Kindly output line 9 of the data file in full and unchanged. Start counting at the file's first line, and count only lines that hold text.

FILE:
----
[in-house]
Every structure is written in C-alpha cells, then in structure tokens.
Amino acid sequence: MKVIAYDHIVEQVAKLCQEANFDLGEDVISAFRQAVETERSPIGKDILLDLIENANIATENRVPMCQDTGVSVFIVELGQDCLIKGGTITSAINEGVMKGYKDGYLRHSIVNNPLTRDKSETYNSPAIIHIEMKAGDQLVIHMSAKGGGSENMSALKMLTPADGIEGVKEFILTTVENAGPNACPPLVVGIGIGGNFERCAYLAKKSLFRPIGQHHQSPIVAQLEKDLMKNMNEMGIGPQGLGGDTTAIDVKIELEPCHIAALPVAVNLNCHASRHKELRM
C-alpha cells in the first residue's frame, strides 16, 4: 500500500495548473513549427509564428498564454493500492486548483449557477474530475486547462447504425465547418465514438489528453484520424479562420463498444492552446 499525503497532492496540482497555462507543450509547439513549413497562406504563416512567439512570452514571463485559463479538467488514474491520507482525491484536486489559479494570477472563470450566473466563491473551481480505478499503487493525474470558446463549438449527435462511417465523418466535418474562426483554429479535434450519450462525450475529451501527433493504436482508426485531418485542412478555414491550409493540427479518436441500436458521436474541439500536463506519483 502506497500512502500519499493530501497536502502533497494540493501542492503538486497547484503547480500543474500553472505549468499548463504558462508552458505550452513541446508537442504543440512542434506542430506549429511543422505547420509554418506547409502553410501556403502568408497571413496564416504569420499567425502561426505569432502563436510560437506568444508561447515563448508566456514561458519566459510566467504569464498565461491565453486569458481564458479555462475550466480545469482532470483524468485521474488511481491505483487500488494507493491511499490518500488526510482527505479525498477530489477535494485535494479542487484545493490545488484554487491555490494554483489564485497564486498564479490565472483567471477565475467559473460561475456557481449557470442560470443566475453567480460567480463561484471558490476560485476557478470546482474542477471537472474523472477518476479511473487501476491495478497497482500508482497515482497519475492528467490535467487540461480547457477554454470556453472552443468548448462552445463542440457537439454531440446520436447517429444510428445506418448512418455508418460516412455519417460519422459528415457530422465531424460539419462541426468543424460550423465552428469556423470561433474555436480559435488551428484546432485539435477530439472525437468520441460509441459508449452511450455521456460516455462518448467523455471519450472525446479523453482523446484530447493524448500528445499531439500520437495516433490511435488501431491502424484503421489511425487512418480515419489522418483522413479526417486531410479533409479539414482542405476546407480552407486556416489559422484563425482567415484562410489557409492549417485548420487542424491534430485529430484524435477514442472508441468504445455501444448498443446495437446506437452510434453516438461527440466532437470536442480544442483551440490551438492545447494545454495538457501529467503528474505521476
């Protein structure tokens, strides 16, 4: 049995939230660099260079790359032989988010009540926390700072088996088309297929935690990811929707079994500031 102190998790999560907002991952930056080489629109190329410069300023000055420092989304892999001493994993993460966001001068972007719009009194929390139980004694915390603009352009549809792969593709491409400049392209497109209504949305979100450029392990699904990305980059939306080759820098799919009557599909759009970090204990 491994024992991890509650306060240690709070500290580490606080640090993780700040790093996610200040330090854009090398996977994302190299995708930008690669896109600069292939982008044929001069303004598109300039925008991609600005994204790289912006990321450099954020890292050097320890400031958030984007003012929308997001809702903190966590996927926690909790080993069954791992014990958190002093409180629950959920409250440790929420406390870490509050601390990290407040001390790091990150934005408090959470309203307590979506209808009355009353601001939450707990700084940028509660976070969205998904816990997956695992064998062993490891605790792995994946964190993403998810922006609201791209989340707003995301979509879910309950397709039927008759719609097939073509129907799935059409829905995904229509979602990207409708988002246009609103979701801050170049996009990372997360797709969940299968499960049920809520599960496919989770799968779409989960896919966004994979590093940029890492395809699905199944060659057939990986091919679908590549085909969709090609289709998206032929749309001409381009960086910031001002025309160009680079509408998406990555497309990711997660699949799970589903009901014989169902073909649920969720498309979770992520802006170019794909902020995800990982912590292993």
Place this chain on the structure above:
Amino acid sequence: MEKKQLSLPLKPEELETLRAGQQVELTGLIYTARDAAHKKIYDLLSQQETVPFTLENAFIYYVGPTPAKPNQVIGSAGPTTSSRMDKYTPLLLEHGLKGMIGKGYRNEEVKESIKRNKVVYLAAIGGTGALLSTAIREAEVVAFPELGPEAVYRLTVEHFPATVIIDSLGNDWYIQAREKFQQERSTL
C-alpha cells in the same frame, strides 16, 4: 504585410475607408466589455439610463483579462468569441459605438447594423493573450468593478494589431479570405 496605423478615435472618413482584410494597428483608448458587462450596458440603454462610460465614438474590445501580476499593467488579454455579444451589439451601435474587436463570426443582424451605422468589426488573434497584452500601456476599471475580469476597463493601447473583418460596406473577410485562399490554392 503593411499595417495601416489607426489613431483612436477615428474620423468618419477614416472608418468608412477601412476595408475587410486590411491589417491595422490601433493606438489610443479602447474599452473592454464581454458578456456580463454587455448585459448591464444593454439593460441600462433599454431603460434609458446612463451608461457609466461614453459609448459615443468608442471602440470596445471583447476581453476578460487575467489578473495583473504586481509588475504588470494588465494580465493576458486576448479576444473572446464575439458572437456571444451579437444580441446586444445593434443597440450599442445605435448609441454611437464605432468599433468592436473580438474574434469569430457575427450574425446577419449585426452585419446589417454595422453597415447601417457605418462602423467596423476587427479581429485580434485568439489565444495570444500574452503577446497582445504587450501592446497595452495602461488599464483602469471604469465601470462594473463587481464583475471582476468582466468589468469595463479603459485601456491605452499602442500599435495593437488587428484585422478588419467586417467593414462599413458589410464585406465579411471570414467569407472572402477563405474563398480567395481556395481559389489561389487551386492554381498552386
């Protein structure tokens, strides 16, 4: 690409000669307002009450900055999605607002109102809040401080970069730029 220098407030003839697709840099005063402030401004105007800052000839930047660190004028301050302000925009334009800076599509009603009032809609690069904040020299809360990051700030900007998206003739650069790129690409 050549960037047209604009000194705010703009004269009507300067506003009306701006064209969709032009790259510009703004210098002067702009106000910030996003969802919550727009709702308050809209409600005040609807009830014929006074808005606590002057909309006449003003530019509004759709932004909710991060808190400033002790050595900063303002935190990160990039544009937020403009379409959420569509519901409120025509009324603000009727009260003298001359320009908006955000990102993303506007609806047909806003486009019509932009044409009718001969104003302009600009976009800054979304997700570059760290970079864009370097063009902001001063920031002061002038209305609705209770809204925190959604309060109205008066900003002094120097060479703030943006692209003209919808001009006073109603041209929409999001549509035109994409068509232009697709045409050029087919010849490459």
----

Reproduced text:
């Protein structure tokens, strides 16, 4: 690409000669307002009450900055999605607002109102809040401080970069730029 220098407030003839697709840099005063402030401004105007800052000839930047660190004028301050302000925009334009800076599509009603009032809609690069904040020299809360990051700030900007998206003739650069790129690409 050549960037047209604009000194705010703009004269009507300067506003009306701006064209969709032009790259510009703004210098002067702009106000910030996003969802919550727009709702308050809209409600005040609807009830014929006074808005606590002057909309006449003003530019509004759709932004909710991060808190400033002790050595900063303002935190990160990039544009937020403009379409959420569509519901409120025509009324603000009727009260003298001359320009908006955000990102993303506007609806047909806003486009019509932009044409009718001969104003302009600009976009800054979304997700570059760290970079864009370097063009902001001063920031002061002038209305609705209770809204925190959604309060109205008066900003002094120097060479703030943006692209003209919808001009006073109603041209929409999001549509035109994409068509232009697709045409050029087919010849490459």